This section is from the book "Soldering For Workshop, Farm And Home", by John Bonert. Also available from Amazon: Soldering For Workshop, Farm And Home - Information On Soft And Hard Soldering - Projects For The Workshop Explained And Illustrated.
Zinc chloride is the most important flux as it can be used for so many metals. It is easy to prepare and can be kept for a long time in a covered container. When zinc chloride is prepared the container must be of an acid proof material such as lead, glass or earthenware. Don't use a bottle with the top broken away. This leaves jagged points and sharp edges. The writer has seen such containers many times in tinsmith shops. It is a sure accident hazard. It is best to use two jars, the first one being used for dissolving the zinc. The clear liquid is poured into the second jar which is to be used as the permanent container. The sediment which remains in the first jar will have to be disposed of. A large discarded cold cream jar or a glass jar with a large screw top is suitable as a container. The cover of the jar if made of metal should be covered on the inside with vaseline or automobile grease to prevent corrosion.
Enough Hydrochloric (muriatic) acid is poured into the first jar. Use only enough so that when it is poured off it will fill the jar which is to be used as the permanent container about one third full. A few small pieces of sheet zinc are cut and dropped into the acid. The acid will begin to dissolve the zinc as soon as it is dropped in. Too much zinc must not be dropped in at one time as a boiling action takes place and the acid may boil over. The zinc is added until no more will be dissolved by the acid. After the mixture has cooled and settled pour off the clear liquid into the second jar and to this add an equal amount of water. The zinc chloride is now ready to be used. Care must be taken not to inhale any of the fumes that are generated when the zinc is dissolving. The fumes are highly inflammable. The acid is also very destructive if it comes in contact with one's skin or clothes. If there is no zinc at hand the metal casing of an old discarded dry cell battery can be used as this metal is zinc.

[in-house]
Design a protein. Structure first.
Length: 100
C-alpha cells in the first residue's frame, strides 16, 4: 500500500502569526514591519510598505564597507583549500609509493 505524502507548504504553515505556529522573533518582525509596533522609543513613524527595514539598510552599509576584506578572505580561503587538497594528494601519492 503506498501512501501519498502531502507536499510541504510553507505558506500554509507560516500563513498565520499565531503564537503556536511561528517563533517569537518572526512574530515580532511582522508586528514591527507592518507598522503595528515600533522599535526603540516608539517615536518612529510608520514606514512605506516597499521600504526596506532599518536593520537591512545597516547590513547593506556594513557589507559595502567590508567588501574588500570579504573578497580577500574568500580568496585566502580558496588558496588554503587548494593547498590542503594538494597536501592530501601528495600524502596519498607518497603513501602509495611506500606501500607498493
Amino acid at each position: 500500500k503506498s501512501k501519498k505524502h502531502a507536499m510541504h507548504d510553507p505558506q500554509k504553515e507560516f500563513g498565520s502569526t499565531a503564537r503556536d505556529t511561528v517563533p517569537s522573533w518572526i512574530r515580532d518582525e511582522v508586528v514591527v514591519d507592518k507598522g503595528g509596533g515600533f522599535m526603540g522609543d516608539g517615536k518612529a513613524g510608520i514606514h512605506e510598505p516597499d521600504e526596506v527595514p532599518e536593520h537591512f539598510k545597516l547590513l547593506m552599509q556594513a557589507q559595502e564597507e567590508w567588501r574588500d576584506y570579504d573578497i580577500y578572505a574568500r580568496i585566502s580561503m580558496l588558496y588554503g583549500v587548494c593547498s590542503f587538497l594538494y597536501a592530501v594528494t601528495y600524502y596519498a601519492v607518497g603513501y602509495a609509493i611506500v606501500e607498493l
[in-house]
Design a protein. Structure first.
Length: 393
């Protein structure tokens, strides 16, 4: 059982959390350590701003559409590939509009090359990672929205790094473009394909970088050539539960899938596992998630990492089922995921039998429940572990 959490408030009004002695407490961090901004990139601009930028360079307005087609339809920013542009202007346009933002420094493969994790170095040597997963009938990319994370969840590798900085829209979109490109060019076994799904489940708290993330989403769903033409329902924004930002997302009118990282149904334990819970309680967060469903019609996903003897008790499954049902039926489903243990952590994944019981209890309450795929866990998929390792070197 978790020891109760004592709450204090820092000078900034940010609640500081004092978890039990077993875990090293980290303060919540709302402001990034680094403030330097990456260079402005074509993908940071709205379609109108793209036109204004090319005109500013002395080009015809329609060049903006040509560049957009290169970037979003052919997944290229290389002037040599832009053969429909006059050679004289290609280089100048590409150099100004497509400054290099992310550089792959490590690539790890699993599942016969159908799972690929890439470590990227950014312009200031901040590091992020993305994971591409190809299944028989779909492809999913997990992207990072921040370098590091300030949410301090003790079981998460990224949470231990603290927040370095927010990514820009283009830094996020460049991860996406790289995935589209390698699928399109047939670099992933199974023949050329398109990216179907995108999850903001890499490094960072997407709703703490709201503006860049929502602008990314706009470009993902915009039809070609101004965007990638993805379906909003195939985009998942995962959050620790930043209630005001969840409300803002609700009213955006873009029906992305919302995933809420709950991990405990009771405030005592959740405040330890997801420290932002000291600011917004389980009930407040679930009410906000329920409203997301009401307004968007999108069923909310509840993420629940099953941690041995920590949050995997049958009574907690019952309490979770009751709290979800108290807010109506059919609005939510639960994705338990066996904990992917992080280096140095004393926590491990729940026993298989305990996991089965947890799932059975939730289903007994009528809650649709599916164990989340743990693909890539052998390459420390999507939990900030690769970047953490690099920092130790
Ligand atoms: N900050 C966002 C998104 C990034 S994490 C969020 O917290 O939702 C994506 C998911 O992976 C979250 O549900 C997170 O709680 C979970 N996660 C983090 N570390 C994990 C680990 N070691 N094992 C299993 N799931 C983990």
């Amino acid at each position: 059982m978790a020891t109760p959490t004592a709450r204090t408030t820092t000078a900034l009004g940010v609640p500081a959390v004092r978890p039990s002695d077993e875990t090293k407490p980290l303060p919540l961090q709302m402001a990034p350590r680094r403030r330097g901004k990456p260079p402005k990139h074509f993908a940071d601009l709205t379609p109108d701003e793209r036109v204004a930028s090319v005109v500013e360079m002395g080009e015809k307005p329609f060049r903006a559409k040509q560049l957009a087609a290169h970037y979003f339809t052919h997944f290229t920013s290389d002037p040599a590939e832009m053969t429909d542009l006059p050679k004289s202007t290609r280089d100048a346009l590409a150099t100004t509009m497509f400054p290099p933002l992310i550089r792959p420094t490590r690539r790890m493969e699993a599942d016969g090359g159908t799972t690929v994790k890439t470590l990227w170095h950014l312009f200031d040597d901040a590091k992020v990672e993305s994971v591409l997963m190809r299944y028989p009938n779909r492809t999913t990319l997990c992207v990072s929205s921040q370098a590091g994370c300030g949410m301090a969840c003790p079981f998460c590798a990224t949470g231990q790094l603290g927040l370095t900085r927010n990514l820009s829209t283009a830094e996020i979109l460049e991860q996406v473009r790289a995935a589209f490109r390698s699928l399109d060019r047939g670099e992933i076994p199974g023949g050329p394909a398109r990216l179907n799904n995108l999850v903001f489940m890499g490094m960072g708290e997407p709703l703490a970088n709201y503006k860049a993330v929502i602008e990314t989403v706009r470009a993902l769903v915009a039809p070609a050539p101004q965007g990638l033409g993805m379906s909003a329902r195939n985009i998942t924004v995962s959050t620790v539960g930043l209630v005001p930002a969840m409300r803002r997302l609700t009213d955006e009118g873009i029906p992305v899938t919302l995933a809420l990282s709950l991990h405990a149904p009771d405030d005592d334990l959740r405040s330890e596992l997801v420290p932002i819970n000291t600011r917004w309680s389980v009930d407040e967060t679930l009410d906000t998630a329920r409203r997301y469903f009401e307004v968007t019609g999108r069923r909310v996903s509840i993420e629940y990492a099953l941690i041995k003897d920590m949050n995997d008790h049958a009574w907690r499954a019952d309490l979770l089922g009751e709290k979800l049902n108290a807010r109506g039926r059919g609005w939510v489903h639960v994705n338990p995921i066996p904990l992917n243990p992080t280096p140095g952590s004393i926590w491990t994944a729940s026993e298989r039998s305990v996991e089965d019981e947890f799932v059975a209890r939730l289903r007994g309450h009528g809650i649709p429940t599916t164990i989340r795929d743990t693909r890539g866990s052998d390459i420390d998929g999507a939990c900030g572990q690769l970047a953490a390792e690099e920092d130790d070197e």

A good brush for applying zinc chloride can be made with a piece of copper tubing having either a one quarter or three-eighth-inch hole and about five or six inches long. If there is no copper tubing at hand a piece of sheet copper or brass may be used. It will have to be rolled or folded to make a tube that will have about a three-eighth-inch hole. Cut enough bristles from an old brush to fill the hole in the tube. The bristles should be cut about one inch long and should extend about one-half inch out of the tube. Place the tube in the vise so that about one-half inch of the tube will be flattened against the bristles when the vise is screwed up. This will keep the bristles from coming out. A brush made in this manner will last a long time if it is not allowed to remain in the zinc chloride when not in use. If sheet copper or brass is used it should be rolled or bent so the edges overlap as illustrated in Figure 1.